A Colorado man and his wife have been sentenced to prison for operating a Ponzi scheme that defrauded investors in the United States and five foreign countries. Richard Dalton, and his wife Marie, were given ten-year and five-year sentences, respectively, after each entered into a plea agreement with prosecutors. Richard Dalton pled guilty to a single count of money laundering, while his wife pled guilty to a single count of conspiracy to commit mail fraud. A hearing is scheduled for July 24 to determine the amount of restitution.
The Daltons owned and operated Universal Consulting Resources LLC ("UCR"). Beginning in March 2007, OCR promised potential investors lucrative returns through trading in diamonds and international note trading. Investors were told that the investments were "extremely low risk," and that their money could be returned to them at any time. These two investment ventures, known as the "Trading Program" and the "Diamond Program," were also pitched by "finders" or "brokers" who received commissions from UCR for each investor they successfully brought into the program.
According to Richard Dalton, the Trading Program featured an unnamed European trader who would use investor funds to buy and sell investment notes, and this trading was so profitable that investors were guaranteed monthly returns ranging from 4% - 5%. Some investors were promised even higher rates, including one investor who was promised 75% - 80% per month - an annual return of nearly 1,000%. Similarly, the Diamond Program purported to trade in diamonds, and promised a 10% monthly return. In total, the Daltons and UCR raised approximately $17 million from investors.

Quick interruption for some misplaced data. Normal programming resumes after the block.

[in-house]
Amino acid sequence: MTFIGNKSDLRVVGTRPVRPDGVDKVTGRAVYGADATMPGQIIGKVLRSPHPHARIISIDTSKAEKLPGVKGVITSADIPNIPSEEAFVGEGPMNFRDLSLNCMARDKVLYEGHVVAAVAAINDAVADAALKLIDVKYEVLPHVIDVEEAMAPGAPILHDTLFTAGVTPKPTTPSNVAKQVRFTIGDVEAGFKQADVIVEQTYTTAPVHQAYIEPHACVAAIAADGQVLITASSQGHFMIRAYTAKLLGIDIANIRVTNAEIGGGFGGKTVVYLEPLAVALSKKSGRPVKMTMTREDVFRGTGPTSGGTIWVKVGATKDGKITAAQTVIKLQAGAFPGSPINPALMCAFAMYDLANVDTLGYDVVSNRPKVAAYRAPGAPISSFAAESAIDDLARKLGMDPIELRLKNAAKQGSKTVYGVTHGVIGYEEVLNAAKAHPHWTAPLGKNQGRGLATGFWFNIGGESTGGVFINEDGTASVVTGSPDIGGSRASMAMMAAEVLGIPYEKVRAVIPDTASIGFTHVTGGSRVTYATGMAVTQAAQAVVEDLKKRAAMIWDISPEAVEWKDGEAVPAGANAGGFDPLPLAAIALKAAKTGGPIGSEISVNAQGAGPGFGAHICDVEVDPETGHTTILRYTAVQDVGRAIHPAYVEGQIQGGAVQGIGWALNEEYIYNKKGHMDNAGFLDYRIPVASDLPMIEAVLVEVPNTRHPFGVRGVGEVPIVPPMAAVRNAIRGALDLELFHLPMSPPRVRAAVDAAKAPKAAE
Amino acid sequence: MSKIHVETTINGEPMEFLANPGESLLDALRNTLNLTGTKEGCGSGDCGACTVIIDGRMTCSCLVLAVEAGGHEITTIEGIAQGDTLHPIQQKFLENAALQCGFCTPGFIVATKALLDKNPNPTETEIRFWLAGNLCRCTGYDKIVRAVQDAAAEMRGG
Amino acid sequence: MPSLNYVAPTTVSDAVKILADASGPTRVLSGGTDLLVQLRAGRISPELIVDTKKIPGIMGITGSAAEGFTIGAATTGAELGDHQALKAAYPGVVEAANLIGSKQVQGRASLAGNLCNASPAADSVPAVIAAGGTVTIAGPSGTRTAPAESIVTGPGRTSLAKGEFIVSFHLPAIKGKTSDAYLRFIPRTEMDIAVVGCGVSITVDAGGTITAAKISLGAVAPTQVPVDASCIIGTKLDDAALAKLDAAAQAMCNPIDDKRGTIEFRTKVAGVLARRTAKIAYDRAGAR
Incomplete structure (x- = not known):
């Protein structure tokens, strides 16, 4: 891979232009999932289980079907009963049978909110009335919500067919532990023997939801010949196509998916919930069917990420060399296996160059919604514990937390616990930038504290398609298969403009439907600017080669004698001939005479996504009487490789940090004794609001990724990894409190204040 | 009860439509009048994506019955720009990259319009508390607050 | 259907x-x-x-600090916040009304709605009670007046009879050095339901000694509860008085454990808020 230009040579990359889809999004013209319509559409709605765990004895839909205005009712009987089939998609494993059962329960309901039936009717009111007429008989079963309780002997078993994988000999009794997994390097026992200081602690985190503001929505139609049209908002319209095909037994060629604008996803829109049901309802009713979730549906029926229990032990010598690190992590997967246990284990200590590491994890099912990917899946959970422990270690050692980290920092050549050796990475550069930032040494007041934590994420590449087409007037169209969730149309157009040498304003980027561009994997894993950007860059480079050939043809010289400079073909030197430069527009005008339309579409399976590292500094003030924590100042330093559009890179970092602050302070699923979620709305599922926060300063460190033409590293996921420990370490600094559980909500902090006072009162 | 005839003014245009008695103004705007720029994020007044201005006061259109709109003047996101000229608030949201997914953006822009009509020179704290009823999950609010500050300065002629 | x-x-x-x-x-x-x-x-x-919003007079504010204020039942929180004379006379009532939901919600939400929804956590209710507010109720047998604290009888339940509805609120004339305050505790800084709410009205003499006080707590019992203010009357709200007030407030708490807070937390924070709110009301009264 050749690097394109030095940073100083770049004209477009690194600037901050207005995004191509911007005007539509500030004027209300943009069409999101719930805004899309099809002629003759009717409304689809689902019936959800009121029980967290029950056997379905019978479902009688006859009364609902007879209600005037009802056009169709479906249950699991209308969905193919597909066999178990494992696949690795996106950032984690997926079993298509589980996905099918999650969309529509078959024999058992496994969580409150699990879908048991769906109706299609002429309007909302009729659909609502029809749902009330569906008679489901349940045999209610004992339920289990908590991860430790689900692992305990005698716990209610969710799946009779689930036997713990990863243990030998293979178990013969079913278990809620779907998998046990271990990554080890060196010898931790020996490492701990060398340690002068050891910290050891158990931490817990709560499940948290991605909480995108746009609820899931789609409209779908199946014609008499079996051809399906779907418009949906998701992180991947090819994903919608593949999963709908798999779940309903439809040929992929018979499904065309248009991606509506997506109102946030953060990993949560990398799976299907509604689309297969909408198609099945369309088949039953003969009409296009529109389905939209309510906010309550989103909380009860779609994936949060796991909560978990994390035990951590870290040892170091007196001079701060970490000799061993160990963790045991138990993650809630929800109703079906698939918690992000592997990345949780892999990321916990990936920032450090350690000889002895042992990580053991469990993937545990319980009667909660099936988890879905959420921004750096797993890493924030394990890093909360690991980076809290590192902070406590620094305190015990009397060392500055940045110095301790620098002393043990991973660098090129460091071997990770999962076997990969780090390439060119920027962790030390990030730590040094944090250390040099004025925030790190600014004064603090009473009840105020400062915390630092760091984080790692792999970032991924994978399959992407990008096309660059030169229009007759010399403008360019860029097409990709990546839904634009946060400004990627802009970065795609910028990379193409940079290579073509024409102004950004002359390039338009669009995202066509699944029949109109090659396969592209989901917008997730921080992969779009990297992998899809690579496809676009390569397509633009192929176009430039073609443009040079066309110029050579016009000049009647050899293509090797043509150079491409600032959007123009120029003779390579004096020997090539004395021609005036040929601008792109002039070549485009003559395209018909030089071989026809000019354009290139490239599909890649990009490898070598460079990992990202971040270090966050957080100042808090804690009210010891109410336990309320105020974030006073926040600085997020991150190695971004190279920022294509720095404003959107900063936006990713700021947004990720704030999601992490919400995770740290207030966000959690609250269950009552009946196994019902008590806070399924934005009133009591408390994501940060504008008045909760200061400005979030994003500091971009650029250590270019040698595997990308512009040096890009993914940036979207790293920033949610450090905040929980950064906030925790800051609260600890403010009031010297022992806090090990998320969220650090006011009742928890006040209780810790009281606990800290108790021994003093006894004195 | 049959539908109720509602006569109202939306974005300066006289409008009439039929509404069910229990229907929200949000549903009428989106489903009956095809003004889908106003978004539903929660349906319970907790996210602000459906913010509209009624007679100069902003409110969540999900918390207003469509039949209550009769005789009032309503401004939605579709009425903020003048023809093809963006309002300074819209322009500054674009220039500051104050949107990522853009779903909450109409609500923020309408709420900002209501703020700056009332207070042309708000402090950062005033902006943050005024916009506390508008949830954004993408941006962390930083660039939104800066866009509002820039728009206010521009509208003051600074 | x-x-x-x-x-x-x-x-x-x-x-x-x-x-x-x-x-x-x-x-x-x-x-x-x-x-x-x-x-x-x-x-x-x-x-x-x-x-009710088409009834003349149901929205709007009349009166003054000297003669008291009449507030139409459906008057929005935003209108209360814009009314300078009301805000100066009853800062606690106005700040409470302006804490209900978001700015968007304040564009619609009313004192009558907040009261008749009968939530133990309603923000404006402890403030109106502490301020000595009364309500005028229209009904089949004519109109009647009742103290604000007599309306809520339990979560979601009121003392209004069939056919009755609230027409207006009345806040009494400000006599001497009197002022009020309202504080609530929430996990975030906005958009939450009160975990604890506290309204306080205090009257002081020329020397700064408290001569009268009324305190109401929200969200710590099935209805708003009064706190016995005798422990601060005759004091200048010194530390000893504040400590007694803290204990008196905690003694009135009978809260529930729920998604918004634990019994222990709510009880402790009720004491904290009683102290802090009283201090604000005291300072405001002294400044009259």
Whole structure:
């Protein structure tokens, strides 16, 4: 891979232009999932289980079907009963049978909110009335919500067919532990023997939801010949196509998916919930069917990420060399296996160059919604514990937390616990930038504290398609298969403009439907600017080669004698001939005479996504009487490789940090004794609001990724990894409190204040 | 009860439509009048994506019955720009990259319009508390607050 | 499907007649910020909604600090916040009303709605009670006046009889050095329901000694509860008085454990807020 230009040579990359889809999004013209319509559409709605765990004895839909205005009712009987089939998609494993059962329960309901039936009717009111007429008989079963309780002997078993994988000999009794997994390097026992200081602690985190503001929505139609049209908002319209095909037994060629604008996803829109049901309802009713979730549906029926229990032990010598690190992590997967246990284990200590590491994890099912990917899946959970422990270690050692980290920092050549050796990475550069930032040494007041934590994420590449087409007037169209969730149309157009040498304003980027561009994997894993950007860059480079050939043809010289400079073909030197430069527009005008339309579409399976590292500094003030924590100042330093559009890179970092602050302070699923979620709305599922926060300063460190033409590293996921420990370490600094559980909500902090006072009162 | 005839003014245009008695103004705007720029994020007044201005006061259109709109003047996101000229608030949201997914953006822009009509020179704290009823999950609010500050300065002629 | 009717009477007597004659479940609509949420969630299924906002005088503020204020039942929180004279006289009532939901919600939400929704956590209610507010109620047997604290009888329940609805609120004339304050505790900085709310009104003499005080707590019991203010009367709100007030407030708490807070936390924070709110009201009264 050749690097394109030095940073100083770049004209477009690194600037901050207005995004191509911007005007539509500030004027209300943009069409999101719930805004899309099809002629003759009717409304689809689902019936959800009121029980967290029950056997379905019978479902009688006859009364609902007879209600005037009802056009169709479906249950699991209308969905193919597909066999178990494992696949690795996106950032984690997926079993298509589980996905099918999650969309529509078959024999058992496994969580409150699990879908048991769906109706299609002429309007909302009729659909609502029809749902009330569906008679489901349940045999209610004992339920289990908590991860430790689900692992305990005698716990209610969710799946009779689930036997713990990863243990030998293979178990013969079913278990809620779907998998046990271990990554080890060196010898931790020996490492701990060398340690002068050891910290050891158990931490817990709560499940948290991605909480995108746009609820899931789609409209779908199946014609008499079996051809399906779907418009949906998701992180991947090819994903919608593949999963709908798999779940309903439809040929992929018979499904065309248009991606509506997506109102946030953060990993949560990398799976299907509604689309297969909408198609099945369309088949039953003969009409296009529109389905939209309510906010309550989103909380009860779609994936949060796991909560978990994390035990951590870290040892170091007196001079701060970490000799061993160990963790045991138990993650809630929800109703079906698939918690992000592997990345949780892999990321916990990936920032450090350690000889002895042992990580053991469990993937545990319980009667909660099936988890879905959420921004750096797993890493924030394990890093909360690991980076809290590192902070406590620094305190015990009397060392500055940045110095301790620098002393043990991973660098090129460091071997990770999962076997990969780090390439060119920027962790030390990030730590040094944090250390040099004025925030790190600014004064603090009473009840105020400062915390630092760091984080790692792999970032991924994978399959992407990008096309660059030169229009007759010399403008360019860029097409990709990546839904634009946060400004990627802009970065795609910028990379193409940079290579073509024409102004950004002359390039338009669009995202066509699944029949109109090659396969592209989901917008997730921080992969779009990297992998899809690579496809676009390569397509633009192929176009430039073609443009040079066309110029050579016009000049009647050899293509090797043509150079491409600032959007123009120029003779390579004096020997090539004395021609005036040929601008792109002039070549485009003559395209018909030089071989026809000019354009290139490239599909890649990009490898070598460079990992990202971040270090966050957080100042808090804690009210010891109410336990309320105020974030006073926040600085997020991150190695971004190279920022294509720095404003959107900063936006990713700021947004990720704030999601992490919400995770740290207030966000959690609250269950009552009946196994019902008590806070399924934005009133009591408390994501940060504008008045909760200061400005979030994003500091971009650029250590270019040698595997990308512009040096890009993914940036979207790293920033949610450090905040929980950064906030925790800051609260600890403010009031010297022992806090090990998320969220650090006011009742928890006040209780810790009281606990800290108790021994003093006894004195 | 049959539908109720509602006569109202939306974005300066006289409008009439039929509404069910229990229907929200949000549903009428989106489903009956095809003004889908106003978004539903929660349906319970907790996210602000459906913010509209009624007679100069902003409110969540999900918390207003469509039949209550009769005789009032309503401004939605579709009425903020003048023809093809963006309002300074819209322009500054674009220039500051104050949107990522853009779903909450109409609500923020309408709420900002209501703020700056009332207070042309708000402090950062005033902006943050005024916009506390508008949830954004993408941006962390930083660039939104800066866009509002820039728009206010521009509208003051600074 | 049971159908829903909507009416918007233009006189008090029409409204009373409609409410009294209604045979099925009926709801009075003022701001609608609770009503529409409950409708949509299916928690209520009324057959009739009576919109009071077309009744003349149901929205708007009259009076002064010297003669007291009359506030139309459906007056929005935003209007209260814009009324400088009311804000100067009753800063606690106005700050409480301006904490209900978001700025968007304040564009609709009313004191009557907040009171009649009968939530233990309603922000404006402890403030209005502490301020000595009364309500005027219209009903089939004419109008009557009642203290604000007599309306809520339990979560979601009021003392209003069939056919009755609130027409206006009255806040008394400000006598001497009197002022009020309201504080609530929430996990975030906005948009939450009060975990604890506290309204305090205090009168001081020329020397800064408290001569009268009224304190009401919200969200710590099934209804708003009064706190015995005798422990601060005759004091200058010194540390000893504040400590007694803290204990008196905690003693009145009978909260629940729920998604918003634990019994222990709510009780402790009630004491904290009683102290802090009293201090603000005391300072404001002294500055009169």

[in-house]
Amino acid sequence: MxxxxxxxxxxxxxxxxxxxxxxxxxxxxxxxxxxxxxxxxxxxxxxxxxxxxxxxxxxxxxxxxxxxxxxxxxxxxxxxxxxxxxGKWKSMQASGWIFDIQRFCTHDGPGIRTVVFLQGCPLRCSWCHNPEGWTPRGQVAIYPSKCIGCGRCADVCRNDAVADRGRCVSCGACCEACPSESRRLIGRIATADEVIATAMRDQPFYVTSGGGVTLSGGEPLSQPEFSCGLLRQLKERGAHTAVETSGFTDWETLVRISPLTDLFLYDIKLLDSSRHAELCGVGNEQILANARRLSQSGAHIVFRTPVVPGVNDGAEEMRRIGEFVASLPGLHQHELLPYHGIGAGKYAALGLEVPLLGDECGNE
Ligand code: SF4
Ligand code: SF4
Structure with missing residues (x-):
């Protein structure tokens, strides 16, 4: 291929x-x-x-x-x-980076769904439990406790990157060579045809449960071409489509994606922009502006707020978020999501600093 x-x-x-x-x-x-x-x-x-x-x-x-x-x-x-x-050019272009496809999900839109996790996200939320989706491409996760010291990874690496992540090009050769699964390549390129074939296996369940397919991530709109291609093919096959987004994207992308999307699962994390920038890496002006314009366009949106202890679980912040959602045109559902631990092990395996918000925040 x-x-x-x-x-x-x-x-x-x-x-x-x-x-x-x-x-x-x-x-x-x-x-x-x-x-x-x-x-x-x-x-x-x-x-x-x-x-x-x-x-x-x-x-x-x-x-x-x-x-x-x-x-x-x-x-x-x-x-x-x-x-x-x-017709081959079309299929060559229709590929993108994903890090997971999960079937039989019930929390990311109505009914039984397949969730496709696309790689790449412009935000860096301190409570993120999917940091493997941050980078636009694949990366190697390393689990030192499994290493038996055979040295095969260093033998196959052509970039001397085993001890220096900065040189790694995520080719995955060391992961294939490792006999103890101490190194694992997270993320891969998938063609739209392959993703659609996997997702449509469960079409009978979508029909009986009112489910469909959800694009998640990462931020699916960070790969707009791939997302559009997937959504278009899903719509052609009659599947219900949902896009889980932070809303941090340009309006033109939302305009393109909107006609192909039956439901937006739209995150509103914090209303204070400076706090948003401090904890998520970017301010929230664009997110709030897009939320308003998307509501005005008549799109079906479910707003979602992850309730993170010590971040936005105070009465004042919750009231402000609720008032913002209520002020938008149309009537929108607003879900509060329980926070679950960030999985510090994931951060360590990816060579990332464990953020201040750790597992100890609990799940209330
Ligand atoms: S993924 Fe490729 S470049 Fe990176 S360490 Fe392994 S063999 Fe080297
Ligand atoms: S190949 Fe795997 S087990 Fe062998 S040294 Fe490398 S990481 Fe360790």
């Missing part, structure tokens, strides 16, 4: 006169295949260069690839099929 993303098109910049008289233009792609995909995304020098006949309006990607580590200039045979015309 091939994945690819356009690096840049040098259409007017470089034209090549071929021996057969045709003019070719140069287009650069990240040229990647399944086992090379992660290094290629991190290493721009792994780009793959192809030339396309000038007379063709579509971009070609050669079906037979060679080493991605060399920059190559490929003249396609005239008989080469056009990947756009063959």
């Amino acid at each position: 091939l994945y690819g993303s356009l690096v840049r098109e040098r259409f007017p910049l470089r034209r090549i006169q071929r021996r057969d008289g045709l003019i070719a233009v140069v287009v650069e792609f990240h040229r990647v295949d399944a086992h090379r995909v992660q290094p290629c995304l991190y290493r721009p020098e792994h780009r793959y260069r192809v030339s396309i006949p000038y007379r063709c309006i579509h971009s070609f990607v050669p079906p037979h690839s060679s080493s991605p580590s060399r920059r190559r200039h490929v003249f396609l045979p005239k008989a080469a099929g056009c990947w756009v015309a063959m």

Not surprisingly, the exorbitant returns promised by the Daltons had no basis in reality, and were instead part of an elaborate Ponzi scheme in which new investor funds were used to pay returns and principal to existing investors. Over $5 million of investor funds were used to make 'Ponzi payments,' and over $1 million was used for a variety of personal expenses, including $35,000 in custom dental work, the Daltons' daughter's wedding, and a $1 million house.
While the Daltons stopped making scheduled payments to investors in early 2010, they provided numerous written and verbal misrepresentations to investors concerning the status of their invested principal, including:
- that the European trader had betrayed the Daltons;
- that the Daltons were busy liquidating a cache of diamonds;
- an airplane that made weekly trips to Africa to pick up diamonds had the 'number three engine go out'; and
- that the African government had mixed in 18,000 fake diamonds.
In late 2010, Richard Dalton even sought to reassure an impatient investor, telling him he had been in constant contact with the Securities and Exchange Commission, stating
So they know that and know I’m not Bernie Madoff, you know, I didn’t go out there and get into a huge lifestyle off of your dough. So they’re backing off and letting me clean this thing up.
The Daltons were later indicted in September 2011, and were arrested after returning from South Africa.
A copy of the SEC Complaint is here.